Selling Solo vs. Working with a Gallery
It’s not the chicken and the egg. No Art– No Art dealer. It’s that simple. If they’re not making money off you — they don’t give a fuck about you. 50% is inequitable. The fucking Mob doesn’t take 50%.I might, after a few cocktails recently, have been heard to note in response that your dealer probably doesn't come to your studio and break both your legs if your exhibition doesn't sell out... but I'm sure that was only a misinterpretation of my actual words. And it's irrelevant to boot. My thoughts on why the 50/50 split is both equitable and, should an artist's work sell well, negotiable can be found here.
But I'm being a bit disingenuous (I've been trying to work in that "dealer doesn't come to your studio" line since reading that comment). I'm fully aware of the advantages of working with a gallery over selling your work on your own, I understand that those advantages are well worth sharing the proceeds for some artists and not for others, and I know both that dealers are a relatively new part of the art-as-commerce equation and that innovations like the Internet are making it easier for those artists for whom the advantages are not worth it to find a market on their own.
These issues all came up in the Sunday article, which is actually a column in the New York Times Magazine by Rob Walker called Consumed. In this week's column Mr. Walker discusses the case of artist Brian Donnelly (aka KAWS), who at age 33 has been selling his work quite readily and even has his own store in Tokyo, but has, until now, not worked within the gallery system:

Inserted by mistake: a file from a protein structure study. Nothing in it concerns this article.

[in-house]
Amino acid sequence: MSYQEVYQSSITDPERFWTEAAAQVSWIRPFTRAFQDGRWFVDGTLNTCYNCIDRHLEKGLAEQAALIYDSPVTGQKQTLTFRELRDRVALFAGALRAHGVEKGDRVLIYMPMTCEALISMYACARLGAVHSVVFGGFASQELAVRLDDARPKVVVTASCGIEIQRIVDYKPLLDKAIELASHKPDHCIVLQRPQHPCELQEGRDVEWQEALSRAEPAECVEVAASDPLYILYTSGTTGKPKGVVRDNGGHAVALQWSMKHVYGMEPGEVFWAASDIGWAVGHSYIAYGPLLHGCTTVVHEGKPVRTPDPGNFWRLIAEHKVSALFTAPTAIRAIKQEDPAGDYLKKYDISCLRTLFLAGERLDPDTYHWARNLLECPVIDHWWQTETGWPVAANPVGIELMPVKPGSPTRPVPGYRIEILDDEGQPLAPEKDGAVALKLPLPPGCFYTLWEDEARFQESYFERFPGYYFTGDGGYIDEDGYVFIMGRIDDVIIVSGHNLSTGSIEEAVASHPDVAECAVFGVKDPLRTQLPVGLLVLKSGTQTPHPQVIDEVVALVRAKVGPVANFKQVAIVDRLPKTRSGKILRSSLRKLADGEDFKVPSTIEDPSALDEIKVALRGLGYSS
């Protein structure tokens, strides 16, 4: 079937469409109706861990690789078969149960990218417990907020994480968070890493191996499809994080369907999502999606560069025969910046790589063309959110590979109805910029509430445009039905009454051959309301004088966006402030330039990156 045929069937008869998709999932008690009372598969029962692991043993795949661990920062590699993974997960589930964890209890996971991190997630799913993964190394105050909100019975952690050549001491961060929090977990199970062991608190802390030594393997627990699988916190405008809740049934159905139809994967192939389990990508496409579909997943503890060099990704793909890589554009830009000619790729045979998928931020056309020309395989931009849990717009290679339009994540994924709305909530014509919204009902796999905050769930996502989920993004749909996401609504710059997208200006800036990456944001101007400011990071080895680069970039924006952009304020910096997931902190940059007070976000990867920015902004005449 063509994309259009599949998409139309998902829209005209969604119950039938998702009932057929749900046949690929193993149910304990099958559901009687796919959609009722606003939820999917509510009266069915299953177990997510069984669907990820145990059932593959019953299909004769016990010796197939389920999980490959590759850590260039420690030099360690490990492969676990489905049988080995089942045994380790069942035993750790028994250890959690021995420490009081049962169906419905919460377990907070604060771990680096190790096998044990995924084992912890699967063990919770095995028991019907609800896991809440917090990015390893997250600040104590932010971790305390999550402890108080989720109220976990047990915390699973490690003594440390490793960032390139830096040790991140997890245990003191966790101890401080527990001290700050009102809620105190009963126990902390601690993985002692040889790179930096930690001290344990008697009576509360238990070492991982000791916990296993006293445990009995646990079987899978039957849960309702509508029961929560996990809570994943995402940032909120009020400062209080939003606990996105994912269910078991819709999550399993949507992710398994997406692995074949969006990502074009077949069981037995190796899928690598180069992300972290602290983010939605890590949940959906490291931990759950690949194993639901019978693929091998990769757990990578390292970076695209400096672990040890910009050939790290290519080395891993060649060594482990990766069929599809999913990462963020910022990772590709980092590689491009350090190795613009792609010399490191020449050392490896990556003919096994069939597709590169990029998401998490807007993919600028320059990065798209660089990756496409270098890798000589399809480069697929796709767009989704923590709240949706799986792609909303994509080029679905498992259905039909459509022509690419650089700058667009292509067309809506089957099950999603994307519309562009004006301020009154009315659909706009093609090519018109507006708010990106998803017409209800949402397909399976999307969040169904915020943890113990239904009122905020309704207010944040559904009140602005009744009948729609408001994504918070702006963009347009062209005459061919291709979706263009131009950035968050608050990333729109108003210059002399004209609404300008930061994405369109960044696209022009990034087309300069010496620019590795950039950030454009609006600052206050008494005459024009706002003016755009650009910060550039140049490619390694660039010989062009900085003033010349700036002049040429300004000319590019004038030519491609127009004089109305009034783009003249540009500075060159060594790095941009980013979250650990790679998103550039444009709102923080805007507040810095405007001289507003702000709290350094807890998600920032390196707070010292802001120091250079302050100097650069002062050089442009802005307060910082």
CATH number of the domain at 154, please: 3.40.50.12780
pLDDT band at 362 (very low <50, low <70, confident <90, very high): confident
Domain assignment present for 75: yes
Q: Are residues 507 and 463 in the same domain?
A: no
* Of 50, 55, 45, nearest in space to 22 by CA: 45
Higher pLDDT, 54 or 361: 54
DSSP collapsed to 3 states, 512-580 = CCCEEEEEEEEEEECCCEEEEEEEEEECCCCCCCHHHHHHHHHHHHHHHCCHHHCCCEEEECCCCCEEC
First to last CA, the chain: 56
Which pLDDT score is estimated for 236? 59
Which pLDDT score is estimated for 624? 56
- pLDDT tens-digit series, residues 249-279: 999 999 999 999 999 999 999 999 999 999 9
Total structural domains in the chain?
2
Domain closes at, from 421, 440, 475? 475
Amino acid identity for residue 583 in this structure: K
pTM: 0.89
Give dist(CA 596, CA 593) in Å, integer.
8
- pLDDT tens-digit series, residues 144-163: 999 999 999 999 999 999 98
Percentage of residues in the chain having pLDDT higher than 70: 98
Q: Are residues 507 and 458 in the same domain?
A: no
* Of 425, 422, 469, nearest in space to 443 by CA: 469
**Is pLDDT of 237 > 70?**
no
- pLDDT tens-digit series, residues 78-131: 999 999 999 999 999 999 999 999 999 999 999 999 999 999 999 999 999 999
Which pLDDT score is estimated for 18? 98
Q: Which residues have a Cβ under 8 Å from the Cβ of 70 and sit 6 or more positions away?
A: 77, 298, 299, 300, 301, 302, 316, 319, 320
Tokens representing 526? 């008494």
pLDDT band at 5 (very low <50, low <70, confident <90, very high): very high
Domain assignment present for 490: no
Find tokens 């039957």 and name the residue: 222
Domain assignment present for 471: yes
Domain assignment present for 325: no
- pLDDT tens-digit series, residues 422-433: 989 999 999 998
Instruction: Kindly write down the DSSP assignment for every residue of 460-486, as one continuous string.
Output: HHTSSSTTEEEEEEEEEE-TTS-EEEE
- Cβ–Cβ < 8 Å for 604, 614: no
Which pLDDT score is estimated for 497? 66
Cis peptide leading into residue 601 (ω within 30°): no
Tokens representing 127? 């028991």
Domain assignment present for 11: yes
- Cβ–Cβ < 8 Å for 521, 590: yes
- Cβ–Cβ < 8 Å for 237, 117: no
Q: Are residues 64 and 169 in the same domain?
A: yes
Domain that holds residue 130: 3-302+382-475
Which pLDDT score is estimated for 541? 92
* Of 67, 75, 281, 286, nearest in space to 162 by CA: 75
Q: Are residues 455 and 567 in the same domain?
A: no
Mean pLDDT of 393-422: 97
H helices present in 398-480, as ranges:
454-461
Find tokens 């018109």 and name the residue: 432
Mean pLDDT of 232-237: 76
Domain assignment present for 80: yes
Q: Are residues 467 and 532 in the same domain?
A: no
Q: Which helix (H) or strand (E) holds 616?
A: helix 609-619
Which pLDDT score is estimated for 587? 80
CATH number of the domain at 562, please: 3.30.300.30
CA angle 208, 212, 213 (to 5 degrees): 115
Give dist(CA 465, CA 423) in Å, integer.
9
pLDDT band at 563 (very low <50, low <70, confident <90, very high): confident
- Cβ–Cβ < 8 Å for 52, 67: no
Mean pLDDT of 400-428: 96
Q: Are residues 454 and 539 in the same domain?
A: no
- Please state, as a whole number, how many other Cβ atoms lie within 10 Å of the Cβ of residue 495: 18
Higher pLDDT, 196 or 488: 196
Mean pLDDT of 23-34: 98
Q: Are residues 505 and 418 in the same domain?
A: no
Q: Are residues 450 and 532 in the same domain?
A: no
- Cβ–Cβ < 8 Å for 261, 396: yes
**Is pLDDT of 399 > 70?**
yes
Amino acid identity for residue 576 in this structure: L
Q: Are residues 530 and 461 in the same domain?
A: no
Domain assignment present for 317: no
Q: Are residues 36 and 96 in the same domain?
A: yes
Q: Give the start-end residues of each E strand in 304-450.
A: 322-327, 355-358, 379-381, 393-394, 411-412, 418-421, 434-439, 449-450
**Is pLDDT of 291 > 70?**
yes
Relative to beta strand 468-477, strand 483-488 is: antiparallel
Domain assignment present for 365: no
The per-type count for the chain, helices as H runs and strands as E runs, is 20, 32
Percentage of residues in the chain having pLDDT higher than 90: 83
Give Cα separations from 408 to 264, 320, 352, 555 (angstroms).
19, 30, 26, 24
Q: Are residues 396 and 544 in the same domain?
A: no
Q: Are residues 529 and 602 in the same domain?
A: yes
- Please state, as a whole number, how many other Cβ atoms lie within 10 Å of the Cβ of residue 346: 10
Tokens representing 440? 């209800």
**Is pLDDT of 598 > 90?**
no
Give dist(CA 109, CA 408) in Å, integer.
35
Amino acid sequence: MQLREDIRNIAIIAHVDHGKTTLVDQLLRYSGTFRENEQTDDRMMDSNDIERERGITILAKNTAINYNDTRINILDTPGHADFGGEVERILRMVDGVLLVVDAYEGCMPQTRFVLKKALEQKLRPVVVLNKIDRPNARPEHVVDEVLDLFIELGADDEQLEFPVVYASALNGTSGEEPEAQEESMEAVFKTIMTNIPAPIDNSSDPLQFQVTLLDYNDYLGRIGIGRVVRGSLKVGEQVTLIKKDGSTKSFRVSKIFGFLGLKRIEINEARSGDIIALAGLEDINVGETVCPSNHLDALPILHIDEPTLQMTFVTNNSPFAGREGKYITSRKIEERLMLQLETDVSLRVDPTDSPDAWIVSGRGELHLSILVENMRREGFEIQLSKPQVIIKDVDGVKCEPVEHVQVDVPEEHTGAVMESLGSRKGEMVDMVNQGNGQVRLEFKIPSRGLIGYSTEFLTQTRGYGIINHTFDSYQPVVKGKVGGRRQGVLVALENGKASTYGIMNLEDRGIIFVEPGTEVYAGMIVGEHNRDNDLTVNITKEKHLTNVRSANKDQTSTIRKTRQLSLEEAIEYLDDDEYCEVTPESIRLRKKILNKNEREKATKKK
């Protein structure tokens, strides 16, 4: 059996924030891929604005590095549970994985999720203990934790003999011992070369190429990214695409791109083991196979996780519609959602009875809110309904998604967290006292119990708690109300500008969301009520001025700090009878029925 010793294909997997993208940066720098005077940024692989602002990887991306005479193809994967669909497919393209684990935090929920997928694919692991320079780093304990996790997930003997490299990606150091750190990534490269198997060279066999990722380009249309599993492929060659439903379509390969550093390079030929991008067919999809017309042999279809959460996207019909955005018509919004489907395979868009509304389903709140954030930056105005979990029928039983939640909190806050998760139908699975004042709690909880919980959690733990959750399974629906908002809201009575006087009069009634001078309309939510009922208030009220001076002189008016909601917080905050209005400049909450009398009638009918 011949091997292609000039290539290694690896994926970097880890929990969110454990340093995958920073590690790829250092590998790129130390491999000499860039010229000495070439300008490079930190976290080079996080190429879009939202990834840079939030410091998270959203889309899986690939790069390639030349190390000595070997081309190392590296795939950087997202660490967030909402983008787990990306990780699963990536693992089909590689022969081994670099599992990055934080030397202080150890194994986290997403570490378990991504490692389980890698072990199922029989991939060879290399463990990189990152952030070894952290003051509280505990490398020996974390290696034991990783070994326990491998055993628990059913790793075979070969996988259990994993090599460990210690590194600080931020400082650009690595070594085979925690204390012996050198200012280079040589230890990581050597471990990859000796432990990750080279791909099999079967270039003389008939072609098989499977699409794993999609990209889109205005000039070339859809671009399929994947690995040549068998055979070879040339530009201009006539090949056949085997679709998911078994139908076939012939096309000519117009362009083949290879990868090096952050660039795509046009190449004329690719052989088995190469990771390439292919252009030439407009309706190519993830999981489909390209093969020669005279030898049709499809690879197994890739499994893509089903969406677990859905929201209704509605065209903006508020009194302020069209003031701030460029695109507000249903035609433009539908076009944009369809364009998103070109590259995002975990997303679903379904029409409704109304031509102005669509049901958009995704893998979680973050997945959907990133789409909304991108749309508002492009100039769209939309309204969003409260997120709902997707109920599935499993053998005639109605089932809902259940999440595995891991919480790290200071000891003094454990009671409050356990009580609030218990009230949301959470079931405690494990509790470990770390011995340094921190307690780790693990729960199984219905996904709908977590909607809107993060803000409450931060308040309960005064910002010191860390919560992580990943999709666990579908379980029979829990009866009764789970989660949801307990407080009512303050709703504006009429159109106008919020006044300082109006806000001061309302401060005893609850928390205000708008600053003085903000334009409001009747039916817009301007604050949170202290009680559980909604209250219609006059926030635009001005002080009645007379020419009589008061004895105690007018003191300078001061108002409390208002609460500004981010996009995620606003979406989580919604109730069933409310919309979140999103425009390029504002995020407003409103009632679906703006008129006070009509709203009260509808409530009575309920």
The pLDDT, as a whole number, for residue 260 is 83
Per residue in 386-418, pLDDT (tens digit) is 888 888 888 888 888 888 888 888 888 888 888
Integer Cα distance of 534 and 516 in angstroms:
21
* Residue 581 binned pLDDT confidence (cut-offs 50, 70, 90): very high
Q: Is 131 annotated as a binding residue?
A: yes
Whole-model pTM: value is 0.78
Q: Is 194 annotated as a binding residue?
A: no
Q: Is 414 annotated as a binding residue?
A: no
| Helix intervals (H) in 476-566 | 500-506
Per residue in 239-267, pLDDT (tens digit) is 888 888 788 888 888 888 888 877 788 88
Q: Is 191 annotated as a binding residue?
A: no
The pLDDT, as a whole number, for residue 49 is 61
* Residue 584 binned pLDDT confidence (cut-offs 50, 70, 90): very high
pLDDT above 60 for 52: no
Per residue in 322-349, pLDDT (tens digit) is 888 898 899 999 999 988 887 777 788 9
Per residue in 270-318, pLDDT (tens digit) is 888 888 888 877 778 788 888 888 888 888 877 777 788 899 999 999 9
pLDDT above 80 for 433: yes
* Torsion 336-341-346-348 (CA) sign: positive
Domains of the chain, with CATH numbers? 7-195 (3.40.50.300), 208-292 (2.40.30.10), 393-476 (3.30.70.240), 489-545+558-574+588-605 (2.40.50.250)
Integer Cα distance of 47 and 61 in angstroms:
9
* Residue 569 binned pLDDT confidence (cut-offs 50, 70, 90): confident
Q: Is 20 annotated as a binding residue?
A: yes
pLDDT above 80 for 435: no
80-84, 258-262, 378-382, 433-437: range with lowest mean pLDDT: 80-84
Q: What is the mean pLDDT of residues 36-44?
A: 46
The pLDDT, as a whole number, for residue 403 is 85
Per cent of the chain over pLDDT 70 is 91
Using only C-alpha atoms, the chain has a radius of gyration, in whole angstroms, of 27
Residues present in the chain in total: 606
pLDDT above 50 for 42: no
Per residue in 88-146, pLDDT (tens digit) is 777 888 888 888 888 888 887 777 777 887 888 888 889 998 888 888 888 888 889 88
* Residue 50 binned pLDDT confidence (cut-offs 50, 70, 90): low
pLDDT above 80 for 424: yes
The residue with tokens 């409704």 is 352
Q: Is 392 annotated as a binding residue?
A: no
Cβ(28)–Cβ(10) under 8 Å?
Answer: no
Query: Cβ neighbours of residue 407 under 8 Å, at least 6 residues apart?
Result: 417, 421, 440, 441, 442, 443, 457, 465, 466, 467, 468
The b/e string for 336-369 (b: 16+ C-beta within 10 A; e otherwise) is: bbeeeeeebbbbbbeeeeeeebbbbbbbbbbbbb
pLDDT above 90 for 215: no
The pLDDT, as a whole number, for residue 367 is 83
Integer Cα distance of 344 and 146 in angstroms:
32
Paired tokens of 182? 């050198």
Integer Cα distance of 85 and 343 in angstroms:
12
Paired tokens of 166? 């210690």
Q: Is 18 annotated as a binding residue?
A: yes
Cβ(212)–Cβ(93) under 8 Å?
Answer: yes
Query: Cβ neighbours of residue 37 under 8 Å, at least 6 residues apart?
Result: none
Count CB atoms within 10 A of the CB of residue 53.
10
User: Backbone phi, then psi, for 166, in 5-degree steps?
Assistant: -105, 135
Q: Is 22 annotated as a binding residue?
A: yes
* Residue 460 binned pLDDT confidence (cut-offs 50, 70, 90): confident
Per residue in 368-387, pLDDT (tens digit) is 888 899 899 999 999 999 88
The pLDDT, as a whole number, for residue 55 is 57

KAWS...has been taken on by the Gering & López Gallery in New York, where he’ll have a show this November. He will also exhibit a batch of paintings at Galerie Emmanuel Perrotin in Miami in September and will have another solo exhibition early next year at Honor Fraser in Los Angeles. Sandra Gering, of Gering & López Gallery, had not heard of Donnelly before another artist she works with included him in a group show last summer, but she is clearly smitten with Donnelly’s bright, clean, slightly off-kilter canvases that often riff on pop-culture figures like the Smurfs or the Simpsons. And she figures there’s another market for his work. “I think it needs to get out there in the art world,” she says.This history led John Jay, the executive creative director at the ad agency Wieden & Kennedy, to note that “[P]eople don’t always understand you don’t have to have a gallery to sell to international stars anymore.”
It seems odd that someone already making a good living as an artist is only now being introduced to “the art world,” but Donnelly’s story may say something about the different ways creative work can acquire value these days. He studied painting and majored in illustration at the School of Visual Arts in New York, and during the 1990s he gained a certain underground notoriety for removing ads from Manhattan bus shelters and altering them — often adding a slightly disturbing skull-like image, with X’s for eyes — and then putting them back. Visits to Japan brought him into contact with a subculture of hustling young creators blurring the lines between design, art and business, and in 1999 he began producing plastic, toylike versions of his characters in addition to collaborating on products with companies like the skateboard brand DC Shoes and the fashion line Comme des Garçons. He gradually built a clientele for his paintings on his own, and images of his work traveled widely online.
I'm not entirely sure I understand that quote to be honest. Who is selling what here? If Mr. Jay means that an artist doesn't have to have a gallery to be an international star anymore, I'd agree. I suspect, however, he actually means "to sell the artist," which might be good topic for another thread. [UPDATE: I worked it out...he means to sell one's art to celebrities. Sorry for being so dense.]